Mr. GRIFFIN. Take your glasses off a second.
Mr. ARNETT. Okay [complying].
Mr. GRIFFIN. I am going to hold up something here, and do you see a colored spot on there [indicating]? Mr. ARNETT. I See a rod one. Mr. GRIFFIN. And I am holding this dictaphone package, about 10 feet away from you, aren't I [indicating]?

147


Mr. ARNETT. I would say something like that.
Mr. GRIFFIN. And how many red spots do you see on there?
Mr. ARNETT. I only see one.
Mr. GRIFFIN. One big one?
Mr. ARNETT. Well----
Mr. GRIFFIN. Or one blurred one?
Mr. ARNETT. I don't know what you call a big one. It's about like my little finger, end of it [indicating].
Mr. GRIFFIN. Can you tell what sort of shape it is?
Mr. ARNETT. Yes, sir [indicating].
Mr. GRIFFIN. Does it look like a triangle or an arrow?
Mr. ARNETT. It looks like it goes up to a point and comes down to a point and goes straight across the bottom [indicating].
Mr. GRIFFIN. Let me state for the record that is pretty good for a man born in 1911. This thing that I am holding up is a red arrow which appears on the back of a Dictaphone belt holder, and this arrow, the stem part of the arrow is not more than a quarter of an inch long. The pointed part of the arrow is unquestionably the most prominent part of it. I am going to ask you to hold it up and I am going to stand back here and I will tell you that I have got my glasses on, but I am not corrected at 20-20 vision. If I didn't know how that came up I would have some difficulty telling what that is [indicating].
Mr. ARNETT. Is that right?
Mr. GRIFFIN. Yes; I think that's pretty good. So you could see this man's green patch on his----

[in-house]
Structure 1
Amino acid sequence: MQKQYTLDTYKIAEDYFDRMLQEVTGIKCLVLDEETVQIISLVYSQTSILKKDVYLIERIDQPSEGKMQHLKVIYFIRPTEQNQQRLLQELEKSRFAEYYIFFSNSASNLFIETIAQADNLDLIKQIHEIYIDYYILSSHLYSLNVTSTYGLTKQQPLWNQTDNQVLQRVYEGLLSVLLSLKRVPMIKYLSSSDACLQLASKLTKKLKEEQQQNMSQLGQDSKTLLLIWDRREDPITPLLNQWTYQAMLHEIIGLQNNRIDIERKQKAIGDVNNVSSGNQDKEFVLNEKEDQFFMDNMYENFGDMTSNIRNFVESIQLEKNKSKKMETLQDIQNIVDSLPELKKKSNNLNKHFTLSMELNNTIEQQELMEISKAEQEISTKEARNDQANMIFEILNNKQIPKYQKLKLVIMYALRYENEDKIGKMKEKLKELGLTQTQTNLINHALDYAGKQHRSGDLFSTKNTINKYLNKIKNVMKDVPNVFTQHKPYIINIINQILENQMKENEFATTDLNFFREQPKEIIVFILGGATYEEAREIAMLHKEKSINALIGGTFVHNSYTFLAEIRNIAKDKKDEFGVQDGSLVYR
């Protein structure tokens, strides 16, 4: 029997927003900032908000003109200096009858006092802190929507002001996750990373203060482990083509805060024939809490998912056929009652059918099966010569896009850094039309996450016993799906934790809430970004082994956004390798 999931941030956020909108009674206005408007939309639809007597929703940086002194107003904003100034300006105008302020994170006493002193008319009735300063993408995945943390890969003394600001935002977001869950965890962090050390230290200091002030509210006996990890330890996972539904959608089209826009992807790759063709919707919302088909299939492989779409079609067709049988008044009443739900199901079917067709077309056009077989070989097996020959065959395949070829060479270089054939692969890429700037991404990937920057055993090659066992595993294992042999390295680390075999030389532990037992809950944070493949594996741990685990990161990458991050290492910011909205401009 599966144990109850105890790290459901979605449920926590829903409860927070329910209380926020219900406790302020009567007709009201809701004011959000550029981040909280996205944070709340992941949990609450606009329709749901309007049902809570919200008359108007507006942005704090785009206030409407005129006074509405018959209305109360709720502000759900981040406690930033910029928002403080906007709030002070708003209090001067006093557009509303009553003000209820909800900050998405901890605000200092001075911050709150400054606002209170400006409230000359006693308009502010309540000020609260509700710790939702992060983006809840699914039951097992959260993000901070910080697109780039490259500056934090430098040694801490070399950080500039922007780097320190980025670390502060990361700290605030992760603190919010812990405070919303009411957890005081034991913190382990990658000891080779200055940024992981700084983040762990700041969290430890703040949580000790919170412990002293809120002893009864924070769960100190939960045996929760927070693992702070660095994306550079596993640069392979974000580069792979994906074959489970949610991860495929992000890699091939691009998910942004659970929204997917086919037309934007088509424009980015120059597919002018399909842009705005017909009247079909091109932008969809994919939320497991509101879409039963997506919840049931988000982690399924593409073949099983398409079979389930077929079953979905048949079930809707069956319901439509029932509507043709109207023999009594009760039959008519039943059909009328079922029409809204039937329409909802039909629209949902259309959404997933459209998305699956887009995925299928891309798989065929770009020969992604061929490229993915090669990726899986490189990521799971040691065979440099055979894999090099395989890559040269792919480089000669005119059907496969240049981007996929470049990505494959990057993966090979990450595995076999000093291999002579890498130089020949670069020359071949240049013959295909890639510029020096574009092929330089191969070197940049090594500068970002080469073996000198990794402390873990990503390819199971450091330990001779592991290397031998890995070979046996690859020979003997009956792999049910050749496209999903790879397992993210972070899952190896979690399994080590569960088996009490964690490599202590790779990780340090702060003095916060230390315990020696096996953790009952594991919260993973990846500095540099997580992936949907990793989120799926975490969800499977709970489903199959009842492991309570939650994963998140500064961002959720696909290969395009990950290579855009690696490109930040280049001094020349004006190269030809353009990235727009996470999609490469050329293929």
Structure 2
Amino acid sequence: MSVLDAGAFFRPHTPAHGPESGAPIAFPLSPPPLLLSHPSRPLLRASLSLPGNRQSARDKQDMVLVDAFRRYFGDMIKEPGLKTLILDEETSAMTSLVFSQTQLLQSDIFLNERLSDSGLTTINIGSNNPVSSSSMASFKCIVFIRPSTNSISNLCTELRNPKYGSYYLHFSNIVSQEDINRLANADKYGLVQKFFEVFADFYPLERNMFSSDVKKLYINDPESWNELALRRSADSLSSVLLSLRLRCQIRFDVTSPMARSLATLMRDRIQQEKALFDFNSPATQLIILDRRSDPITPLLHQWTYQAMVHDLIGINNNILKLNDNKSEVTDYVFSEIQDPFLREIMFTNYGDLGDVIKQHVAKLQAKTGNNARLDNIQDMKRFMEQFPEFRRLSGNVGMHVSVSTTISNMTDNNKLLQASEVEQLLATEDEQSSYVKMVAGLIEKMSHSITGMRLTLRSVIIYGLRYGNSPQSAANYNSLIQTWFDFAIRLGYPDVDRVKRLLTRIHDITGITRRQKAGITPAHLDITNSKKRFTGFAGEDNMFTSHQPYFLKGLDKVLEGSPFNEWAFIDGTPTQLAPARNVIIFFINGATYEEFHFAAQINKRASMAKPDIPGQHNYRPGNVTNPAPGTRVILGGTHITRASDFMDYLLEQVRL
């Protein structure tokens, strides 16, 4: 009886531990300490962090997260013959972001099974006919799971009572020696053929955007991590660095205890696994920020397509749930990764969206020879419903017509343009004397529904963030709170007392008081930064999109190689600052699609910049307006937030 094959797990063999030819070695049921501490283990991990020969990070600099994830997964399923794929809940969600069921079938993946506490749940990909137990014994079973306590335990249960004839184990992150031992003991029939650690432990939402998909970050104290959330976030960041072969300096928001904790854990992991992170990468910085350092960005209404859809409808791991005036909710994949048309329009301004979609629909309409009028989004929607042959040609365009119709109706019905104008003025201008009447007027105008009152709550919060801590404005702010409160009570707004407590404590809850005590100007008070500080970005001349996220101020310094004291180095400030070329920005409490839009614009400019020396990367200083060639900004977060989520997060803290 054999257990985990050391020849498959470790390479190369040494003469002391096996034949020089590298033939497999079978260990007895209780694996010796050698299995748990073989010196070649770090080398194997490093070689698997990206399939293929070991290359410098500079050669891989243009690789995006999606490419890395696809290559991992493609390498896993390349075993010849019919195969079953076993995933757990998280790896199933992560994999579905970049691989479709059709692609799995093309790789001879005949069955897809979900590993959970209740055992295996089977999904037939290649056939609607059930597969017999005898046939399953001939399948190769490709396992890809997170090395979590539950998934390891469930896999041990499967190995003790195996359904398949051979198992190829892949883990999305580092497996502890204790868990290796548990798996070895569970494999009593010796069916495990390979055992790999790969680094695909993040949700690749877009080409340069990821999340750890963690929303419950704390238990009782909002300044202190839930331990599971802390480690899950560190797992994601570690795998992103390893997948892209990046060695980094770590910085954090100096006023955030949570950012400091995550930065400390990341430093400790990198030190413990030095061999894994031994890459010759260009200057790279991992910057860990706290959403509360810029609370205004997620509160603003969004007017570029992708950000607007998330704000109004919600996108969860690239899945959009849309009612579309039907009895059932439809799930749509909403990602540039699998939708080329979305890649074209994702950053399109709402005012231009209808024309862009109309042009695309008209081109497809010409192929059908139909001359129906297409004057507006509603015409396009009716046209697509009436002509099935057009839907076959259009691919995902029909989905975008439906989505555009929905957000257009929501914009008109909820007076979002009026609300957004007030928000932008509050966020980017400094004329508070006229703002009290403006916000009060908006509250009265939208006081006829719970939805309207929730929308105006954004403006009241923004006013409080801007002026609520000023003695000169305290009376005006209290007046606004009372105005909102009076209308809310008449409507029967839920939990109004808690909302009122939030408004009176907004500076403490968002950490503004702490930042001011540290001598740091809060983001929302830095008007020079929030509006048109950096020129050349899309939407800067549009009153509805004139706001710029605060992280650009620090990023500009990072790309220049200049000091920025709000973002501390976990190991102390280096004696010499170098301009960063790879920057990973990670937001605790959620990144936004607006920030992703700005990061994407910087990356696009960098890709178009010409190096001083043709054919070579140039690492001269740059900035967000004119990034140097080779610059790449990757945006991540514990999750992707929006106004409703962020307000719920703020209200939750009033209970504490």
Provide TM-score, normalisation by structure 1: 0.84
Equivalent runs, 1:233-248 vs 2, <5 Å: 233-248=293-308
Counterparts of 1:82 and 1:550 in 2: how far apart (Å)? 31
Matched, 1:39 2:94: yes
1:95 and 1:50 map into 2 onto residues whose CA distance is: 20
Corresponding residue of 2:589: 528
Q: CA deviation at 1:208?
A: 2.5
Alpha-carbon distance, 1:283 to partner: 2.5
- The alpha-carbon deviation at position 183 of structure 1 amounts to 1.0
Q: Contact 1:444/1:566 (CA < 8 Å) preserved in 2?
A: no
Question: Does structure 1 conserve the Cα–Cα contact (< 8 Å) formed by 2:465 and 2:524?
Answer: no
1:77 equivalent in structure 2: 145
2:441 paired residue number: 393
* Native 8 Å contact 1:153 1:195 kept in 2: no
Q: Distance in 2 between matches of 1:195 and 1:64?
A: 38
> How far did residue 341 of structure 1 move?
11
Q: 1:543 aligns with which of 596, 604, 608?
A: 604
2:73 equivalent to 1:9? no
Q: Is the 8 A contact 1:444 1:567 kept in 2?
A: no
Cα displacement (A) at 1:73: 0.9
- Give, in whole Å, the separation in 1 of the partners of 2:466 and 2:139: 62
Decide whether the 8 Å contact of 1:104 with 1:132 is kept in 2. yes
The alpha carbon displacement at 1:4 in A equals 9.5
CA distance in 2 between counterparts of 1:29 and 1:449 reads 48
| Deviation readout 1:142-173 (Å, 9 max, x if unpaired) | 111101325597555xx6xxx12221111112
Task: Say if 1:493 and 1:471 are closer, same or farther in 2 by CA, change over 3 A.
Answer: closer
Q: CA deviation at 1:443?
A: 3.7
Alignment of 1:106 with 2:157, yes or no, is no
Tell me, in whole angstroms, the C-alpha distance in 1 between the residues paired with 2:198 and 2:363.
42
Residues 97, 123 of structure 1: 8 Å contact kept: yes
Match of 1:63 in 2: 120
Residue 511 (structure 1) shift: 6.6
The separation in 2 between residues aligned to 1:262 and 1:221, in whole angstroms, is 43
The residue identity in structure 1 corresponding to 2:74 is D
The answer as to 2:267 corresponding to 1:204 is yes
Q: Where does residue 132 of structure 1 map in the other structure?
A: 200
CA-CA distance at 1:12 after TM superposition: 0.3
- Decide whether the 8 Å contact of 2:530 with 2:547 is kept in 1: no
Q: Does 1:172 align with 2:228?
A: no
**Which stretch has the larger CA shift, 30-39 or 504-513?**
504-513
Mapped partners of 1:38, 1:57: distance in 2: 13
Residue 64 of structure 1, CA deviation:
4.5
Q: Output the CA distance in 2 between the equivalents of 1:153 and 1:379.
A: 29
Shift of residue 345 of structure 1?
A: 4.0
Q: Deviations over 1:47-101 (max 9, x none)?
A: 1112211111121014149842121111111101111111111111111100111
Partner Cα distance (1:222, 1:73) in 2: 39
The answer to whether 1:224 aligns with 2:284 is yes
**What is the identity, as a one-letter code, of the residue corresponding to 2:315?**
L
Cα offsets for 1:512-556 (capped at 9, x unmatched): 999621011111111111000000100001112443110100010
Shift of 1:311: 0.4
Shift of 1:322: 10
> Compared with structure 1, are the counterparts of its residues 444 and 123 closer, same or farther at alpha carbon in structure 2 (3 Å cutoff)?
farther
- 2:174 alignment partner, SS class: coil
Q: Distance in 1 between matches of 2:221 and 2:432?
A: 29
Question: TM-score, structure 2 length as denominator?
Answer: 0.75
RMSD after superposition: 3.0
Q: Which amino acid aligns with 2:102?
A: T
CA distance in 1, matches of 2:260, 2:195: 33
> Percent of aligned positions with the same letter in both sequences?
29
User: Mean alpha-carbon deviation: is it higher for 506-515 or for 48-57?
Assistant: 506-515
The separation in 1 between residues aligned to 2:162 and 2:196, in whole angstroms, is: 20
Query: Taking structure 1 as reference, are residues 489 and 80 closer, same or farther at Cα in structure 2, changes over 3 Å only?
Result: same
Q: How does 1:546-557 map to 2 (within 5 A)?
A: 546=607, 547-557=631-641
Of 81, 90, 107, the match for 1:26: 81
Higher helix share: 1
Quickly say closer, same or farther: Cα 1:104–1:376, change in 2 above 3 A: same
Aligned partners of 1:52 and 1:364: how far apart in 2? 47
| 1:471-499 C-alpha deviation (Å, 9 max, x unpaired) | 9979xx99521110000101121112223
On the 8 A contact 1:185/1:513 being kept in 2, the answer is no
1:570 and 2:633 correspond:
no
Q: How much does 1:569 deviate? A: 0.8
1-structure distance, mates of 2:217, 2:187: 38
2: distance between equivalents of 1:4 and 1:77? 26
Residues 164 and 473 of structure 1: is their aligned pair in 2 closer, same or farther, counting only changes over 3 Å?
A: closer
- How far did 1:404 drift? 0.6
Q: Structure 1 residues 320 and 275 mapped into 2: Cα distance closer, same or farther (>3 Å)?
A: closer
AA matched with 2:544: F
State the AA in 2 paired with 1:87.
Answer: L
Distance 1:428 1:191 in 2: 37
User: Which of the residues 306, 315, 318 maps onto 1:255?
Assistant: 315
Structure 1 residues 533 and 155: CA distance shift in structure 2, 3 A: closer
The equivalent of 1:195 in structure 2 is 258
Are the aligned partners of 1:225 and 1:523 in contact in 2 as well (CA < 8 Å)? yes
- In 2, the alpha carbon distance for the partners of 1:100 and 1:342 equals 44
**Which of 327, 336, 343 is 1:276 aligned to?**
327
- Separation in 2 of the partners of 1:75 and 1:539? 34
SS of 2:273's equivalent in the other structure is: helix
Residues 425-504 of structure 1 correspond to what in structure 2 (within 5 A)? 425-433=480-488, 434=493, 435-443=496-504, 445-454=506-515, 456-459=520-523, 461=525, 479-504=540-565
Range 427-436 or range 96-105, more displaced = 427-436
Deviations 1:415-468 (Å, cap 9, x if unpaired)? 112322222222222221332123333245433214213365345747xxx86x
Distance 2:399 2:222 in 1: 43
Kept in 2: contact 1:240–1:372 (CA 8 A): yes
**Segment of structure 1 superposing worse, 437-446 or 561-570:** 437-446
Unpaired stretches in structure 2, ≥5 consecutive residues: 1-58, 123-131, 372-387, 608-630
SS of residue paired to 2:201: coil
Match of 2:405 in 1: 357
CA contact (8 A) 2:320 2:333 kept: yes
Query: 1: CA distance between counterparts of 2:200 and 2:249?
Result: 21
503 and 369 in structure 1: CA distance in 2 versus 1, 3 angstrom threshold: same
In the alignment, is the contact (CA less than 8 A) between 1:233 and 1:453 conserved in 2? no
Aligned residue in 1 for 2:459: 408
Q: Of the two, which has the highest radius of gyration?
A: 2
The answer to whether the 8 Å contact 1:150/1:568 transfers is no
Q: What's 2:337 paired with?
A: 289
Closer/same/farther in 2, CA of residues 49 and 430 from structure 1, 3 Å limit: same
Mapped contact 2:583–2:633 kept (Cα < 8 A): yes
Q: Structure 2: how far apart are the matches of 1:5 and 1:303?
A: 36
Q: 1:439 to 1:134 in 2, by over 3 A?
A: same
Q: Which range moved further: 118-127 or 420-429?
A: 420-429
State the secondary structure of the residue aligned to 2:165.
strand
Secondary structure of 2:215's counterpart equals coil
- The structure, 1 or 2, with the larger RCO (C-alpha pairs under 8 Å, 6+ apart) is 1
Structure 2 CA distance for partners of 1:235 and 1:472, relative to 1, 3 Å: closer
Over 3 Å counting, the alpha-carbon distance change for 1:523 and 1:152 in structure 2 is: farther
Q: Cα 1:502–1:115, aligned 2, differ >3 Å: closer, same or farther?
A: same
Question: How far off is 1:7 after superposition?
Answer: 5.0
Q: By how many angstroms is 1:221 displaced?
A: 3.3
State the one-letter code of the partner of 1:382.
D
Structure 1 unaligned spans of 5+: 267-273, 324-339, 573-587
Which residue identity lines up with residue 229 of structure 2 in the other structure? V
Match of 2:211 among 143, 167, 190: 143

Mr. ARNETT. That's right. He was a patrolman.
Mr. GRIFFIN. Well now, did you ever have occasion to look up that ramp? How many times did you have occasion to look up that ramp?
Mr. ARNETT. Well, it's like I say, I don't remember just turning around and, you know, just looking up the ramp, but maybe walking into this place to get into position or something or other, I was facing that way.
Mr. GRIFFIN. Sort of looking around generally up there; I mean as you walked around in this area we have marked "A," did you from time to time glance up in this general direction?
Mr. ARNETT. From where you marked "A," I couldn't see from there. You are talking about this "A" here [indicating]?
Mr. GRIFFIN. No; I am talking about this "A" here at the bottom of the ramp [indicating].
Mr. ARNETT. Oh, yes. I could from there.
Mr. GRIFFIN. Did you glance up from time to time?
Mr. ARNETT. I won't say I did, because I don't remember whether I did or didn't. More than likely I did.
Mr. GRIFFIN. Now; did you glance back at the TV cameras from time to time?
Mr. ARNETT. Well, I would say I did; yes.
Mr. GRIFFIN. Now, after this second car moved out, did you have occasion to glance over at the TV cameras at any time, toward the TV cameras at any time?
Mr. ARNETT. Well, I would say, just right offhand, I would say I looked around, but as far as just watching the TV cameras, I didn't.
Mr. GRIFFIN. Now, did you observe what any other officers were doing in your area on that side of the ramp?
Mr. ARNETT. There was a man to the side of me, to my right, that was in civilian clothes, and was a news reporter that had a microphone in his hand.
Mr. GRIFFIN. Was he to your right or was he in front of you ?
Mr. ARNETT. He was to my right.
Mr. GRIFFIN. Directly to your right. Now, where was Officer Harrison?
Mr. ARNETT. Right in front of me and a little to my left. In other words, we were standing facing this direction and Officer Harrison was more or less like this. I was looking over his right shoulder [indicating].
Mr. GRIFFIN. You were looking over his right shoulder. Were you pressed right up against him at the time Lee Oswald moved out?

148


Mr. ARNETT. I wouldn't say I was pressed against him. I was directly---- you know, next to him.
Mr. GRIFFIN. Was there anybody behind you?
Mr. ARNETT. Not that I know of.
Mr. GRIFFIN. I am going to state for the record that we have here a Mr. Robert Davis with the attorney general's office with the State of Texas, who has been sitting in on these hearings, and he just walked into the room, and I am holding up, at about the same distance that I held this thing from Captain Arnett--is that right, Captain Arnett [indicating]?